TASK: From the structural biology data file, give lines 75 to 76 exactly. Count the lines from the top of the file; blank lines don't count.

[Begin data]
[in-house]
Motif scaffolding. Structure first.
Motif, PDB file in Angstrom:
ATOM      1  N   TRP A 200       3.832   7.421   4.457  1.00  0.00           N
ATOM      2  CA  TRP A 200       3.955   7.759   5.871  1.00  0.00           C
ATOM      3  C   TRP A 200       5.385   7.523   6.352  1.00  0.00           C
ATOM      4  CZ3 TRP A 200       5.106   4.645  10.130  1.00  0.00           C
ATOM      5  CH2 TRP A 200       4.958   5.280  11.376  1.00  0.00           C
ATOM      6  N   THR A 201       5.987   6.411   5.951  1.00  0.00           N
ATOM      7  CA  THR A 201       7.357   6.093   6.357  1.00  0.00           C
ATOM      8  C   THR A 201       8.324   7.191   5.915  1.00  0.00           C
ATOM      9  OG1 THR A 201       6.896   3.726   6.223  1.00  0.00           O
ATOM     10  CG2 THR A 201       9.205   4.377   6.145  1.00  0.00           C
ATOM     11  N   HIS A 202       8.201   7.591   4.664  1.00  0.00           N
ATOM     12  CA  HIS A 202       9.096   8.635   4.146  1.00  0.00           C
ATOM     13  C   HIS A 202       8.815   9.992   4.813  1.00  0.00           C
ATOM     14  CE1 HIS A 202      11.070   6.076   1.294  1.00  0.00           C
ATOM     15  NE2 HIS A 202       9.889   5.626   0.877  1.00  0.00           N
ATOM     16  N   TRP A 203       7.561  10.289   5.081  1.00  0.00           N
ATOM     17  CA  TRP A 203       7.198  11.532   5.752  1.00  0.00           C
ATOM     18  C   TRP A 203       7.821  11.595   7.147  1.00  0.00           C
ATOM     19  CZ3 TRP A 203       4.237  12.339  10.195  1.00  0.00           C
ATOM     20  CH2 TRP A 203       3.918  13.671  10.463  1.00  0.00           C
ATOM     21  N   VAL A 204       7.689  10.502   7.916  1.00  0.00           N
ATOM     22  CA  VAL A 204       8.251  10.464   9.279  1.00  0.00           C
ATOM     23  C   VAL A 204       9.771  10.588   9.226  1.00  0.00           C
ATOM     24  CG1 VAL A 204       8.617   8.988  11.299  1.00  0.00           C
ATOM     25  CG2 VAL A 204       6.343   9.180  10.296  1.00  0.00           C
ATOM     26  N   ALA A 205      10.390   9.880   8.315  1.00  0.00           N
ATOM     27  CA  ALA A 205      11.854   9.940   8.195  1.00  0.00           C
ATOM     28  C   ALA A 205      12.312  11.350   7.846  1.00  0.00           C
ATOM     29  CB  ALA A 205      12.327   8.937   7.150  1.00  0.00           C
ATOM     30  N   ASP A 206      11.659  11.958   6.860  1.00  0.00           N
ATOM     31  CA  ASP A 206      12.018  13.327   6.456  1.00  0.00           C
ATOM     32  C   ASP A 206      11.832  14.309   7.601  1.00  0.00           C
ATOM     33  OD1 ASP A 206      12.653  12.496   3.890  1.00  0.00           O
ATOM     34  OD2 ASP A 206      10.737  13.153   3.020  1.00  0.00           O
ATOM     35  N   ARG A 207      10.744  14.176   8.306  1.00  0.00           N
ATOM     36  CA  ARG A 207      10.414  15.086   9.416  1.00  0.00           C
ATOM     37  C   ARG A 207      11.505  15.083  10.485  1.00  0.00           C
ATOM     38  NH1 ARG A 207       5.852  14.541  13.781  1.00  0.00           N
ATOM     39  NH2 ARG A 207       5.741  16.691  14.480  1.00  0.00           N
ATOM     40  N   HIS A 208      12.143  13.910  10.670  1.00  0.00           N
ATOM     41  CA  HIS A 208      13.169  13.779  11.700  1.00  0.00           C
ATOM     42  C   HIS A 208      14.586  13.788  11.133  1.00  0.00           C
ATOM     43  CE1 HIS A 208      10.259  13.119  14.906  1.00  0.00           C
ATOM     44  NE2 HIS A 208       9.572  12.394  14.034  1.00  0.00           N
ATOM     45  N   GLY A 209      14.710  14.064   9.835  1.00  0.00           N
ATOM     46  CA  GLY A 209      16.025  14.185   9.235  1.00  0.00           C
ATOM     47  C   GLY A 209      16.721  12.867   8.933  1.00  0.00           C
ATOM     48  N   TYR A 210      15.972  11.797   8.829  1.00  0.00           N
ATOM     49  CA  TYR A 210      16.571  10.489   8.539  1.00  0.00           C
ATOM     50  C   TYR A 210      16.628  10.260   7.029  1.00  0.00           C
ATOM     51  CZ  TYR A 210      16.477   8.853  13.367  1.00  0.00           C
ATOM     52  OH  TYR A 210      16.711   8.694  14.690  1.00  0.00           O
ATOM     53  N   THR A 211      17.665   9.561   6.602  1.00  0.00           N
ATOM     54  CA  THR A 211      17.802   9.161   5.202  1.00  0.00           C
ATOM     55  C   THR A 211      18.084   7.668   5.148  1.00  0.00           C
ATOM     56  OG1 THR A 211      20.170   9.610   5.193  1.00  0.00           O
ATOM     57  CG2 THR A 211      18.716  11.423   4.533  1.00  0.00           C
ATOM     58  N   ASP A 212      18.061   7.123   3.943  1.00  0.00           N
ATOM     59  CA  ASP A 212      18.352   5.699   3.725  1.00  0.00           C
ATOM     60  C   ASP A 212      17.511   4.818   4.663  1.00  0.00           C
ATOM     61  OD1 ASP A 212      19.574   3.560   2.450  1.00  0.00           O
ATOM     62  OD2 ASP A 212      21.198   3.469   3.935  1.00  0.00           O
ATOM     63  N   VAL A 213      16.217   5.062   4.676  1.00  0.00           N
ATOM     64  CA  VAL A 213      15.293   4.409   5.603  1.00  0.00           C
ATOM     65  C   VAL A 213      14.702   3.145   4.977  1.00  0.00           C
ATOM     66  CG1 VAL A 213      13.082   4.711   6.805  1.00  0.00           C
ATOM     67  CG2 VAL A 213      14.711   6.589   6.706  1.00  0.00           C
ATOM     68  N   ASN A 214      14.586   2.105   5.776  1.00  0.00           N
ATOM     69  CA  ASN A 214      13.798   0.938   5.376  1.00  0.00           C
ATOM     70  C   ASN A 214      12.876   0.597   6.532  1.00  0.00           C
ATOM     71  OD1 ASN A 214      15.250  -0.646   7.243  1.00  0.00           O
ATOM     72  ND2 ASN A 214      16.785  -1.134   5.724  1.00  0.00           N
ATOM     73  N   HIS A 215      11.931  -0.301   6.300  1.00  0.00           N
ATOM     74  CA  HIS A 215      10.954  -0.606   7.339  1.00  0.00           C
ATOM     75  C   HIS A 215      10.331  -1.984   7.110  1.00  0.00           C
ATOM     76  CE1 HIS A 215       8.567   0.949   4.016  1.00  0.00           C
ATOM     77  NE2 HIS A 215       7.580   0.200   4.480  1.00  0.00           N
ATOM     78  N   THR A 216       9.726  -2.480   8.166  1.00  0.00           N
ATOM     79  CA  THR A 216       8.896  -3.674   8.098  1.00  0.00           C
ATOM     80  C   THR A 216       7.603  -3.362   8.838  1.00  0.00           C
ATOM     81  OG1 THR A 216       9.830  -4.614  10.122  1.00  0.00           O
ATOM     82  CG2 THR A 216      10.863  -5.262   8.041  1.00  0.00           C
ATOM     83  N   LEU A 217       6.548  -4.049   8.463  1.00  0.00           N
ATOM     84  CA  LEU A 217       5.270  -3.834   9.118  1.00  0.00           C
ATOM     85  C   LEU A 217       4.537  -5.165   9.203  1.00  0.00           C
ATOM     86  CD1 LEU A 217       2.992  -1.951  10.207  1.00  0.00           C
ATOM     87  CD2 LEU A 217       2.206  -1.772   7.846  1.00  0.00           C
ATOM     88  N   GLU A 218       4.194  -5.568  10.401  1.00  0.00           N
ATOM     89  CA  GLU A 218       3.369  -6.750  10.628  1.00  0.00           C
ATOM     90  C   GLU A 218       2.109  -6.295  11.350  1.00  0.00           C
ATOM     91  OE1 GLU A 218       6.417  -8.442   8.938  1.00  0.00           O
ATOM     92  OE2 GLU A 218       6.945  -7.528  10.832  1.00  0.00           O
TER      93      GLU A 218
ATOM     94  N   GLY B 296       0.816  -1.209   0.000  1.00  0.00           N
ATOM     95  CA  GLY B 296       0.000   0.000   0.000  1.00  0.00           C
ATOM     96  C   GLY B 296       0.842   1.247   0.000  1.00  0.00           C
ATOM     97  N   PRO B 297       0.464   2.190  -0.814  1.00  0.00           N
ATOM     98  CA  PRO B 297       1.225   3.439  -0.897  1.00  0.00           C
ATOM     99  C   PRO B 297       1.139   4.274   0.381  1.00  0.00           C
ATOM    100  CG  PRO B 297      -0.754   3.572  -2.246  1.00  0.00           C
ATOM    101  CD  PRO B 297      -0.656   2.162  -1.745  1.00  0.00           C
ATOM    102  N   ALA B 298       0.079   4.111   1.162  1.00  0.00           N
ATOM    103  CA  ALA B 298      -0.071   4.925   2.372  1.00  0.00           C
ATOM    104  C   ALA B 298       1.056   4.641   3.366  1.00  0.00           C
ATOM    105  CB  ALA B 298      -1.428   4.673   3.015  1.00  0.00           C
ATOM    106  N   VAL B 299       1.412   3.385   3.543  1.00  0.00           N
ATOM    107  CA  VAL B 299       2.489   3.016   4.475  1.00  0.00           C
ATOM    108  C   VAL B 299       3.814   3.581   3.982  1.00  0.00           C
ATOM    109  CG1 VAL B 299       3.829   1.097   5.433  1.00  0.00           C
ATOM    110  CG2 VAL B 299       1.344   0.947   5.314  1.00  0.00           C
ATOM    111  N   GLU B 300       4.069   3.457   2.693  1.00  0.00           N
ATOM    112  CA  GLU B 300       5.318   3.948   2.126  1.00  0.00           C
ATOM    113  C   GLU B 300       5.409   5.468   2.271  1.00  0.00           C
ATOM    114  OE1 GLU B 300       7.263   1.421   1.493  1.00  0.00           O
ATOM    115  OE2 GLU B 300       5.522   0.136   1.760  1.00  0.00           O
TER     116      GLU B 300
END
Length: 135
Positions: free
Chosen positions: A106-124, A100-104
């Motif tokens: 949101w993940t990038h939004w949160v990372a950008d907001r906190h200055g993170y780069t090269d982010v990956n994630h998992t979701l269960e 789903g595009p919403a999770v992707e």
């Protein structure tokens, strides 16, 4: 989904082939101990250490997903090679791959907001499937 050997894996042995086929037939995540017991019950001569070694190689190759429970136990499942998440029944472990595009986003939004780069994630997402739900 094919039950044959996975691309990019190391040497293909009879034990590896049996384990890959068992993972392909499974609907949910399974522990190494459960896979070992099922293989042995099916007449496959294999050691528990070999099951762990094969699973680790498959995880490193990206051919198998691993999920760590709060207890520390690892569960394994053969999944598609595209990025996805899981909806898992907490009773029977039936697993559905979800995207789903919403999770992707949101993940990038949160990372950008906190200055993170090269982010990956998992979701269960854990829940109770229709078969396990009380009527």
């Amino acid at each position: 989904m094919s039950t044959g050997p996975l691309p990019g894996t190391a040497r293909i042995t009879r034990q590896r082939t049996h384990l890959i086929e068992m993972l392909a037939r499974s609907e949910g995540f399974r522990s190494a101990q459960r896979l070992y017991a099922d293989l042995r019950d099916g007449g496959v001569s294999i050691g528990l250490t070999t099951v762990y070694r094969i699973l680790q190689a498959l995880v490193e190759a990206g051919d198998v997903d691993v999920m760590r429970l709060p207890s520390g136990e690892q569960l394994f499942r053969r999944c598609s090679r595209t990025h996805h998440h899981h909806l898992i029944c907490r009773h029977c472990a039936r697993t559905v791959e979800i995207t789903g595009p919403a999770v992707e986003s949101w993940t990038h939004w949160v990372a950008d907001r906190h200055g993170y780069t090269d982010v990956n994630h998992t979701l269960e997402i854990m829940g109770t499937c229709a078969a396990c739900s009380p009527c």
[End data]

ATOM     72  ND2 ASN A 214      16.785  -1.134   5.724  1.00  0.00           N
ATOM     73  N   HIS A 215      11.931  -0.301   6.300  1.00  0.00           N